Picture by Rachel Horvath

I was lucky enough to be one of millions around the world to march on Saturday, January 21st, 2017 during the Woman’s March. Although Rome was more of a rally, it was still amazing to be a part of something so much bigger than myself.  Participating in something that finally felt like a step to real change focused on the people and the equality we all deserve felt something out of a movie.

To be surrounded by woman, men, and children of all ages, backgrounds, sexualities and ethnicities was incredible. There were speeches given twice over–once in Italian and once in English. These words of hope were given by strong and independent individuals yearning for change. A choir sang songs like This Little Light of Mine and Amazing Grace. The faces that filled the crowd were lit up and full of hope. What struck me the most were the smiles across so many faces. Although we all gathered to bring voice the wronged, it was done in such a positive way.

We all stood in front of the Pantheon, which is usually the main focus of the Piazza della Rotonda, but that day, it was just a wonderful backdrop to an exquisite event. They passed a board around asking for names and where we were from. I looked down the list and couldn’t help but smile.  Boston, Milwaukee, New York, California, Florida, Virginia, Illinois (from yours truly), Italy, Germany, Spain and so many more scribbled down. This event brought so many people together. Although so many of us were far from home, we still were able to participate in a day to advocate for pride, love and acceptance. As I marched in Rome, my sister and cousin marched in Chicago, my aunt marched in Seattle, and my Instagram and Facebook newsfeed showed friends that marched all over the rest of the world. Incredible.

A few pictures I took at the event:


Click on this picture to be redirected to be an article by The New York Times. It shows pictures of the woman marches all over the world!

Being so many miles away from home, all I can do is read about what is happening. The laws being passed; the changes being made. I scroll through my CNN app and after two weeks of reading article after article of what has been signed, I couldn’t help but catch myself getting emotional today. I was told by friends and family that I should be lucky to be in Italy during this time of protest. But should I? For someone who feels so deeply for other people, not being able to stand with my fellow movers and shakers of the world is difficult. But I have complete trust and confidence in you all until I come home in May. And I swear that I’ll represent us well here in Europe.

All I know is that there used to be a love for people and a sense of compassion for others in a more effortless way than we see today. People in America and those who moved around the world were proud to be Americans. Today, there is still pride in the air but confusion of how to keep it from drifting away. It can still be salvaged. All I ask is to keep being peacemakers. Don’t stop marching, don’t stop trying to be heard. Because for once, I truly think that “We The People” might actually stand a chance at making change.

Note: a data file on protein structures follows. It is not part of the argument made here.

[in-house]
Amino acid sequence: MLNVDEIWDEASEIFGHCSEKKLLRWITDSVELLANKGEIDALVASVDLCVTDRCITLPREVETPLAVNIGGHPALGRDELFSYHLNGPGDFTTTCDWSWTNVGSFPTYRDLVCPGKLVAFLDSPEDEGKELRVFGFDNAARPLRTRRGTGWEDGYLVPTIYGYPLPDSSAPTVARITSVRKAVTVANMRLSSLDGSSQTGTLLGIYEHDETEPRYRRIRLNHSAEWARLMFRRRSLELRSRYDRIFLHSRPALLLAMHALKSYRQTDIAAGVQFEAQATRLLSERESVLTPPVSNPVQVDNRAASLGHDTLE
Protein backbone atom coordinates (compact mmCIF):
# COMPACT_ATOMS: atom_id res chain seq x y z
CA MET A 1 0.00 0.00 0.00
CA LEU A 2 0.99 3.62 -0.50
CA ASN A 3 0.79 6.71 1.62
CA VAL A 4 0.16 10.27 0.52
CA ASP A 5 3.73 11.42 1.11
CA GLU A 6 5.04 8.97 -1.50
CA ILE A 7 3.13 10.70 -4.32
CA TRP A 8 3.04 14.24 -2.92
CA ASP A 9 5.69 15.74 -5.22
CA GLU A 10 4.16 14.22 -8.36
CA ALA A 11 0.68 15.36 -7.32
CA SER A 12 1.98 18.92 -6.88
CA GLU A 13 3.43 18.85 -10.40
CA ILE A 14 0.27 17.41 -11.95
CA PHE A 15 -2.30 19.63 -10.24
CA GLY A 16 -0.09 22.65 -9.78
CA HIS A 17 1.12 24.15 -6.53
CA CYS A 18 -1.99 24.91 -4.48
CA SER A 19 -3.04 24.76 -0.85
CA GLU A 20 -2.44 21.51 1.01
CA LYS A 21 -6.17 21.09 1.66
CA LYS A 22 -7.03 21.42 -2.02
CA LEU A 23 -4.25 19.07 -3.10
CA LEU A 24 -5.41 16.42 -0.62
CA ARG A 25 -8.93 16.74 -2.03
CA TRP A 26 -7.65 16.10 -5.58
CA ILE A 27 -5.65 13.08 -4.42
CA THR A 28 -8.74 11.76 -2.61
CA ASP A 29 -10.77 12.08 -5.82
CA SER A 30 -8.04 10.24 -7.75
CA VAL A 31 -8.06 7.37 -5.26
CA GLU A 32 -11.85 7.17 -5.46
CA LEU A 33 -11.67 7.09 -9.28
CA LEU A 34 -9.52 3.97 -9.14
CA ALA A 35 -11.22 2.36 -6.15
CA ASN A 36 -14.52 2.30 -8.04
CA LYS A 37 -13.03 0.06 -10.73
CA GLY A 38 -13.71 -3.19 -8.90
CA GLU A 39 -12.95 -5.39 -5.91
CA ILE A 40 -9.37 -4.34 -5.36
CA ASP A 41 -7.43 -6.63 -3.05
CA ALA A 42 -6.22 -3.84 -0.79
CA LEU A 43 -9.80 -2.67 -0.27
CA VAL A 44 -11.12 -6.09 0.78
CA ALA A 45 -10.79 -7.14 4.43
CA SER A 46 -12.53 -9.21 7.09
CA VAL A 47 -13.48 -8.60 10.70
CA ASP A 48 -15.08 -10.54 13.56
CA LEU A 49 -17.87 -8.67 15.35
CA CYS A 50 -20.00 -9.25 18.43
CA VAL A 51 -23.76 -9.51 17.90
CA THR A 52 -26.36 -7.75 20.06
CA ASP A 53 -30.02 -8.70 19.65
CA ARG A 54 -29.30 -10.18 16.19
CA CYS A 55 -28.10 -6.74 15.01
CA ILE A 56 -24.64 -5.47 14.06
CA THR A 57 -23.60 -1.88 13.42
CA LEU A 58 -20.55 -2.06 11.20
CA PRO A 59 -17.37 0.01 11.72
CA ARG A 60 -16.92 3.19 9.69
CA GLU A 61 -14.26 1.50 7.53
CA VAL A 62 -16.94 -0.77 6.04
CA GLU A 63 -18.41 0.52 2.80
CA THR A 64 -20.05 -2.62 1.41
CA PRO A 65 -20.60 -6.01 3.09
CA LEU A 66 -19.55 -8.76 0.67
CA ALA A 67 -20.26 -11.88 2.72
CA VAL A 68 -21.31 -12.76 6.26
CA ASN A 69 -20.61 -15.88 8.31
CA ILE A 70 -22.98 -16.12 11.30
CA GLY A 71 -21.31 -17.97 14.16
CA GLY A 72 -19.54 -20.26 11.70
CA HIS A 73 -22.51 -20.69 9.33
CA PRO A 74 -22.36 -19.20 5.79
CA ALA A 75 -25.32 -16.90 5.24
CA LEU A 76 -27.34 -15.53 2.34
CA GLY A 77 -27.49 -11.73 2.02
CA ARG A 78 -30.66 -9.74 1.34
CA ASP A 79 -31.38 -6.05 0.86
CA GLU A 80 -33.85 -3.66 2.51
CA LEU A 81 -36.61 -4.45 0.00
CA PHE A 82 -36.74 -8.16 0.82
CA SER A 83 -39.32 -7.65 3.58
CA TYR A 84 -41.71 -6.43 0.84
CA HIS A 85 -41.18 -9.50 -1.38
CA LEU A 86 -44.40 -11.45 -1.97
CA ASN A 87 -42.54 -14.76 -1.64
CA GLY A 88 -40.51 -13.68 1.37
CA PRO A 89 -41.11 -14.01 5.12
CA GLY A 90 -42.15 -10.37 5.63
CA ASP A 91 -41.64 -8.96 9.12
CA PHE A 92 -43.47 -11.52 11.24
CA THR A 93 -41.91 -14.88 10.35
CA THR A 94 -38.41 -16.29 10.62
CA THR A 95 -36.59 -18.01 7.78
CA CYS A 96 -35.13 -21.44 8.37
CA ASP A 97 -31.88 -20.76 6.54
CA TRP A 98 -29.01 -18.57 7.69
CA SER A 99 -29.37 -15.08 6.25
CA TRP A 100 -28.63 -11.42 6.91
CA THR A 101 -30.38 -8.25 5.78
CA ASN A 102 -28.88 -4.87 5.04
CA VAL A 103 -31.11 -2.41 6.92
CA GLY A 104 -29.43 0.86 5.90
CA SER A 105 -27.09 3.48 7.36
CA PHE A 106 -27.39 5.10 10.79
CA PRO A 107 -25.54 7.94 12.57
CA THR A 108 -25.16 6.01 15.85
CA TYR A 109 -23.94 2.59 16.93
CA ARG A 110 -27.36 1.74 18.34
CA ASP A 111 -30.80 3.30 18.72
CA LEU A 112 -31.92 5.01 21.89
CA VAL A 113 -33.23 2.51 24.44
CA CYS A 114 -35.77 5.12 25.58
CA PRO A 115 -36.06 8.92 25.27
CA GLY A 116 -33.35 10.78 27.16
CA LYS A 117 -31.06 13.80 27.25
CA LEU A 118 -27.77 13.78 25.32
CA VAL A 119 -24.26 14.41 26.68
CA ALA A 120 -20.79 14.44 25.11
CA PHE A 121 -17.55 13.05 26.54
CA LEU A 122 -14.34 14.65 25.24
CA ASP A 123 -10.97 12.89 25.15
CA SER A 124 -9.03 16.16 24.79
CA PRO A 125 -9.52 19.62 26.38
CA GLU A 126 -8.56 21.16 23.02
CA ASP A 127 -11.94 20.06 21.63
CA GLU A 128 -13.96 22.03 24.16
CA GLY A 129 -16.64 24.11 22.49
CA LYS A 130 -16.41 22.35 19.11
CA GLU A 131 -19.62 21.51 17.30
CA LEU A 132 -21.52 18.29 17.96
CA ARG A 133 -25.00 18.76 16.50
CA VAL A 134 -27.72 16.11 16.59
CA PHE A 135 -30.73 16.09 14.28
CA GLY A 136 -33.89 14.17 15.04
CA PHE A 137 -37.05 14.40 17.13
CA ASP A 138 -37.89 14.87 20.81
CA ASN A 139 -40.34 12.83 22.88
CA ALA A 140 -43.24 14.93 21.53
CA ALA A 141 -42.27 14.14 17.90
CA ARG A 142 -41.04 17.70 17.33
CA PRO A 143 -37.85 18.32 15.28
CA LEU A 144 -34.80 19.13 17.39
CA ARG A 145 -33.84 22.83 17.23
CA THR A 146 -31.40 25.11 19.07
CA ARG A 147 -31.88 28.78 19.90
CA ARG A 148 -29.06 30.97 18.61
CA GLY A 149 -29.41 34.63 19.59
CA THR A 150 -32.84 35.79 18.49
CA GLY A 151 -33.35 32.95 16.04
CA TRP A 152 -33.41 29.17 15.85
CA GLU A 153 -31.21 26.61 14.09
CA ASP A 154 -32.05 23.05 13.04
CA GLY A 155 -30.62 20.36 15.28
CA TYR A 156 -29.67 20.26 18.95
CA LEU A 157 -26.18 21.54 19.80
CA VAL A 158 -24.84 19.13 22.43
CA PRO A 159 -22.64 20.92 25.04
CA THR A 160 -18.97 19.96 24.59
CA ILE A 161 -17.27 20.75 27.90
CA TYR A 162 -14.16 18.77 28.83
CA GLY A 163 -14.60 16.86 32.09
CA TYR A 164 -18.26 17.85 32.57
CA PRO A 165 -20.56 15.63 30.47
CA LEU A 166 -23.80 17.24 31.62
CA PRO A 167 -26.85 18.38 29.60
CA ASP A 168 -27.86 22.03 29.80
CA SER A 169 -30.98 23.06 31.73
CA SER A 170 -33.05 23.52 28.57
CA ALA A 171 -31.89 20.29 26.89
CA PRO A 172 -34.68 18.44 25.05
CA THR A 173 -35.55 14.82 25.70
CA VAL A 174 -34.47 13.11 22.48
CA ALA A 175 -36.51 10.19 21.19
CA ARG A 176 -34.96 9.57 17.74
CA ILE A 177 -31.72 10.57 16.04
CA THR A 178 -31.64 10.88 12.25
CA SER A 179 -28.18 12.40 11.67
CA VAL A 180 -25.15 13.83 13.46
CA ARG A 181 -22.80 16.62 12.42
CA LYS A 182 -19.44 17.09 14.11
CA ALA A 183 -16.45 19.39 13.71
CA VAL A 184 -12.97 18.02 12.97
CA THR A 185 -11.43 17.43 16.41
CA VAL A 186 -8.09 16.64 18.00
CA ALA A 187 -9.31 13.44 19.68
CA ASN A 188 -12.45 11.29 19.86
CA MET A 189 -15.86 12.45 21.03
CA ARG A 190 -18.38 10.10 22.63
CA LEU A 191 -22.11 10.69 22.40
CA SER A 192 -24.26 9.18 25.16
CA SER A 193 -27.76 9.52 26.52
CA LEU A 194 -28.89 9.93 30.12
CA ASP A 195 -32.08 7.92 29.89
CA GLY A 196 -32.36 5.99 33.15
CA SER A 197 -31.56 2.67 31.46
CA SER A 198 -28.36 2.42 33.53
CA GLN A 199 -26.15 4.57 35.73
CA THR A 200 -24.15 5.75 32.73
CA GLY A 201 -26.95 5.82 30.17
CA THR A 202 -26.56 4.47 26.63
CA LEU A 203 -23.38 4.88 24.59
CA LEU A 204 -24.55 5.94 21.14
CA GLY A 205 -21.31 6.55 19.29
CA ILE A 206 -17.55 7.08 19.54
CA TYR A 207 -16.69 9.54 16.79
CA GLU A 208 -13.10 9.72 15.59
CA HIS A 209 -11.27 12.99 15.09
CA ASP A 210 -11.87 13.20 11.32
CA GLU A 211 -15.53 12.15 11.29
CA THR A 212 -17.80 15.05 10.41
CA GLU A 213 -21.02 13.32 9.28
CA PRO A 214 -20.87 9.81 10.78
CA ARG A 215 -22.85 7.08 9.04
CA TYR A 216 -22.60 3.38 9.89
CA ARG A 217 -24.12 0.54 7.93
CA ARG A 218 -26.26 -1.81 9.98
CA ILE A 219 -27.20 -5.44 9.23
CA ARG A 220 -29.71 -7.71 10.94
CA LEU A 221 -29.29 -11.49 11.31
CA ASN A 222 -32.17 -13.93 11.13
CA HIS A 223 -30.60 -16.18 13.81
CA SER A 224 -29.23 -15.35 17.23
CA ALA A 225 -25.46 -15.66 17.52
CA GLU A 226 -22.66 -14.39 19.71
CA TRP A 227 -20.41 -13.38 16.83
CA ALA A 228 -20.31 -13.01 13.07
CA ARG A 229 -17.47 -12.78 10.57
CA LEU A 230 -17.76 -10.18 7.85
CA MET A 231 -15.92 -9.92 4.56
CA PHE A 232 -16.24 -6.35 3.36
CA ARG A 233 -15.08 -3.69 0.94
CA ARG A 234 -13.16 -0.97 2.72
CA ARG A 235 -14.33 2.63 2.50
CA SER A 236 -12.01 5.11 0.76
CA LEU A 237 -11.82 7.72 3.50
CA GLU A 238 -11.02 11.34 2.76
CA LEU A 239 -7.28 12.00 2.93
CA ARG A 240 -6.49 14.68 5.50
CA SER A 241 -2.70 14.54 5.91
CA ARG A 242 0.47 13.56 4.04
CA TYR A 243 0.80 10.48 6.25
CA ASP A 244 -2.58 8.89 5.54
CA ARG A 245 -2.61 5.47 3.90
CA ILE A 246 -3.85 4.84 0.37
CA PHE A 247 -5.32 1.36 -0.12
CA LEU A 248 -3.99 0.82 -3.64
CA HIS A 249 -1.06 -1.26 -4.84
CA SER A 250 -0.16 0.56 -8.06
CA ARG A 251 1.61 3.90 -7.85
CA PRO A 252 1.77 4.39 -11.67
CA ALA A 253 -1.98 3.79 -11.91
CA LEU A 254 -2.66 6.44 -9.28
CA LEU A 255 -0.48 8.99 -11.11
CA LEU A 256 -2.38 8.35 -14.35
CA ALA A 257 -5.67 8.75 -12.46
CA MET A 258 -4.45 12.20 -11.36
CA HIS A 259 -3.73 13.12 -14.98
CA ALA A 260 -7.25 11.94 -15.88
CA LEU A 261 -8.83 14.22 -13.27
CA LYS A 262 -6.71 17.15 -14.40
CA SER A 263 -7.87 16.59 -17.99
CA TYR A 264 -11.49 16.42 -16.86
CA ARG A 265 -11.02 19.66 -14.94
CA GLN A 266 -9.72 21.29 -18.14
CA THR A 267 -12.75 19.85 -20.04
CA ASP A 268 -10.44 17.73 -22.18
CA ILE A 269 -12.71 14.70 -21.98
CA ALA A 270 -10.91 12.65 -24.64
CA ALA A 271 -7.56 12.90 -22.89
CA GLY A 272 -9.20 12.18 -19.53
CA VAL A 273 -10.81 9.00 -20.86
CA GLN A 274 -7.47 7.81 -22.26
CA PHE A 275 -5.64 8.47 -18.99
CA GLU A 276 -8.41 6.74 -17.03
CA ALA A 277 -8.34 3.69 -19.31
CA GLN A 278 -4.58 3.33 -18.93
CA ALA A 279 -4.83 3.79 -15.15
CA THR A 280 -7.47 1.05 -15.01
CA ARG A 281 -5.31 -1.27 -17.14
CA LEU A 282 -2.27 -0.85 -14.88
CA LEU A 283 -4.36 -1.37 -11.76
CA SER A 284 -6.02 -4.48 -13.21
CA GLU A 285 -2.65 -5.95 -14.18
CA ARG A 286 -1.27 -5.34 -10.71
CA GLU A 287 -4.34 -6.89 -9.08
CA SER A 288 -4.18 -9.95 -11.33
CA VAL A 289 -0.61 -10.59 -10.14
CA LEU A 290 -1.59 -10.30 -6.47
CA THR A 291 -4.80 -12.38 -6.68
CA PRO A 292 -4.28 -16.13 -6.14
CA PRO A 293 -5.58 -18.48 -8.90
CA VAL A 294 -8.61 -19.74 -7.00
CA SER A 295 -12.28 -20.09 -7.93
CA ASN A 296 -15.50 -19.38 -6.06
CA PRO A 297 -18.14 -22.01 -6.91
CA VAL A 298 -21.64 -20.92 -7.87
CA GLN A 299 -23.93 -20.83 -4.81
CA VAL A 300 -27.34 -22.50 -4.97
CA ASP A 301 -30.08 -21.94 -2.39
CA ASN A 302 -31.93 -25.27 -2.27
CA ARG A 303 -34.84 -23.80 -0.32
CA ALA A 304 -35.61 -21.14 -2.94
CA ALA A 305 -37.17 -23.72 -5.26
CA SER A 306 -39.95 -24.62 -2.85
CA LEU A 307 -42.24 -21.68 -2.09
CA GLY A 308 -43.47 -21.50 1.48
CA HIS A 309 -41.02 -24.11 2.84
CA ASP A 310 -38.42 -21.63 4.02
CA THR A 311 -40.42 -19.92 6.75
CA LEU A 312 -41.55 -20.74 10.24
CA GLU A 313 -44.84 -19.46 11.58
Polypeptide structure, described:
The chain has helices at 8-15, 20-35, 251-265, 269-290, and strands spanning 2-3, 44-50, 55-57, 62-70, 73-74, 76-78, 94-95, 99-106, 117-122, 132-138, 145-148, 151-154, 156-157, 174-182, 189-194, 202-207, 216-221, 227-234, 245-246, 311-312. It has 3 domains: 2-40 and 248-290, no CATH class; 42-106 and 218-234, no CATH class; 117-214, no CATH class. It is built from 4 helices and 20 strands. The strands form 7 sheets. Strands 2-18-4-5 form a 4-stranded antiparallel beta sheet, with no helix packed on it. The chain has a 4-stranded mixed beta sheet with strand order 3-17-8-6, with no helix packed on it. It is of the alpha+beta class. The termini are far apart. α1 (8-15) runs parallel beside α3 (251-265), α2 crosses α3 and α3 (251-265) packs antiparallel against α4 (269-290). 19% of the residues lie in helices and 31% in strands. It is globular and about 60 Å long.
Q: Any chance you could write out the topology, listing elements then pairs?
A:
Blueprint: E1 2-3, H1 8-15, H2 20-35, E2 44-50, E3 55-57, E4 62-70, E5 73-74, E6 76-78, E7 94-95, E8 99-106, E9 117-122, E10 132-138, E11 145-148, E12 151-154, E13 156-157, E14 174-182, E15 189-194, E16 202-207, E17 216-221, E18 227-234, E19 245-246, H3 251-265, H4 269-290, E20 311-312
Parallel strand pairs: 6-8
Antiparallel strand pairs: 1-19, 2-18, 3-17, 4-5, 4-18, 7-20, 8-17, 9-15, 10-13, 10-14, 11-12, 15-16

It was hard to pull myself away from the march at first. I wanted to stay but quickly realized that I only had a day in a half in Rome. I had to see as much as I could! I took my fair share of pictures at the march, talked with a few individuals and heard some beautiful speeches. Finally, we headed towards the Trevi Fountain. We drifted away from a day in history that we will be able to say that we were a part of.

*If you participated in the woman march, comment below! I’d love to hear about your experience and where in the world you were for it:)

When we turned the corner and the Trevi Fountain was revealed…wow. Like really guys, wow. I could have stayed there all day! To think that this fountain was constructed all those years ago was more than impressive. I looked at every detail in the marble, every aspect of this grand structure. The appreciation one can have for something of such magnitude and beauty can be pleasantly surprising. It definitely surprised me.

IMG_6121.JPGTrevi Fountain

Before we left, we all took a coin to throw into the Trevi fountain. We became in touch with our inner Lizzie McGuire’s. Unfortunately, none of my friends opened their eyes to see their Paolos. Tragic. But alas, we have three months here. There’s still time for a boy on a vespa to drive up to them and whisk them away into a magical Italian Sunset. So once they came to terms with this, it was on to the next monument!

Walking throughout Rome is nothing like I imagined. The history that surrounds your every move is jaw dropping. We hadn’t realized what we were getting ourselves into until we made it over to the Trajan Forum ruins and on to the Colosseum. It was a beautiful blue skied day and the palm trees and warm sun that engulfed Rome made us feel like we were on a tropical vacation. Unfortunately, I had gotten sick so I had to skip out on the tour of the Colosseum. But fortunately, I’ll be back to Rome in May so I will definitely be seeing it then!

Trajan Forum Ruins

    As we walked by…





When in Rome…we were a part of the Woman’s March, saw spectacular monuments, ate amazing ravioli, drank great wine, talked and laughed with great friends and were able to experience a historically famous city. And it was clear to see why. Until next time Rome.



dsc_0530I hope you float through the rest of your week nice and easy!

Check out more of Keara’s adventure on her personal travel blog at:

Leave a Reply

Your email address will not be published. Required fields are marked *

This site uses Akismet to reduce spam. Learn how your comment data is processed.